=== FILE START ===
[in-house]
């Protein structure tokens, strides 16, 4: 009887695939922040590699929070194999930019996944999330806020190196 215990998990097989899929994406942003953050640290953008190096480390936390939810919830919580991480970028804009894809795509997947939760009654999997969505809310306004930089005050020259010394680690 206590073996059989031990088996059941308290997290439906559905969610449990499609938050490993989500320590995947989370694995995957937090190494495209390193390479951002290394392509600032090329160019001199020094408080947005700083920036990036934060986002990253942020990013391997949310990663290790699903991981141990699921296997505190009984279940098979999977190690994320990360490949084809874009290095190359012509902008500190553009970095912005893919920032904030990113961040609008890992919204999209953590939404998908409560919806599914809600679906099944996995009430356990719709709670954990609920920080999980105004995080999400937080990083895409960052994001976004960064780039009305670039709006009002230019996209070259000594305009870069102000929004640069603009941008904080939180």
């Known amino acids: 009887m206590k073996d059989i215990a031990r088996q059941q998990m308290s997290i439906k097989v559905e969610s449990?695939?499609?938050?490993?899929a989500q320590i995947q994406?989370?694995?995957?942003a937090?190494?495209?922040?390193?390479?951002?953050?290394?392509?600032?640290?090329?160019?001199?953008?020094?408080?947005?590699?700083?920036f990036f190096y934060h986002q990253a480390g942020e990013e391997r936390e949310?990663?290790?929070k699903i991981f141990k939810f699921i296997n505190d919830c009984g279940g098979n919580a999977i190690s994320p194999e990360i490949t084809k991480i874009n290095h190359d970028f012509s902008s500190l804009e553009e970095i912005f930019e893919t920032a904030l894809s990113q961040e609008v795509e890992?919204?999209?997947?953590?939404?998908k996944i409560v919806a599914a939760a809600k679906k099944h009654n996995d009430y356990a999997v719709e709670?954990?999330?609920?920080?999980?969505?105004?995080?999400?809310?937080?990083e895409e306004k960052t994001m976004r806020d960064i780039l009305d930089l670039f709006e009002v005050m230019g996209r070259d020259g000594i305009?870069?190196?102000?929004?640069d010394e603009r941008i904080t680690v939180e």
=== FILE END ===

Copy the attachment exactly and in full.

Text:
[in-house]
């Protein structure tokens, strides 16, 4: 009887695939922040590699929070194999930019996944999330806020190196 215990998990097989899929994406942003953050640290953008190096480390936390939810919830919580991480970028804009894809795509997947939760009654999997969505809310306004930089005050020259010394680690 206590073996059989031990088996059941308290997290439906559905969610449990499609938050490993989500320590995947989370694995995957937090190494495209390193390479951002290394392509600032090329160019001199020094408080947005700083920036990036934060986002990253942020990013391997949310990663290790699903991981141990699921296997505190009984279940098979999977190690994320990360490949084809874009290095190359012509902008500190553009970095912005893919920032904030990113961040609008890992919204999209953590939404998908409560919806599914809600679906099944996995009430356990719709709670954990609920920080999980105004995080999400937080990083895409960052994001976004960064780039009305670039709006009002230019996209070259000594305009870069102000929004640069603009941008904080939180």
């Known amino acids: 009887m206590k073996d059989i215990a031990r088996q059941q998990m308290s997290i439906k097989v559905e969610s449990?695939?499609?938050?490993?899929a989500q320590i995947q994406?989370?694995?995957?942003a937090?190494?495209?922040?390193?390479?951002?953050?290394?392509?600032?640290?090329?160019?001199?953008?020094?408080?947005?590699?700083?920036f990036f190096y934060h986002q990253a480390g942020e990013e391997r936390e949310?990663?290790?929070k699903i991981f141990k939810f699921i296997n505190d919830c009984g279940g098979n919580a999977i190690s994320p194999e990360i490949t084809k991480i874009n290095h190359d970028f012509s902008s500190l804009e553009e970095i912005f930019e893919t920032a904030l894809s990113q961040e609008v795509e890992?919204?999209?997947?953590?939404?998908k996944i409560v919806a599914a939760a809600k679906k099944h009654n996995d009430y356990a999997v719709e709670?954990?999330?609920?920080?999980?969505?105004?995080?999400?809310?937080?990083e895409e306004k960052t994001m976004r806020d960064i780039l009305d930089l670039f709006e009002v005050m230019g996209r070259d020259g000594i305009?870069?190196?102000?929004?640069d010394e603009r941008i904080t680690v939180e």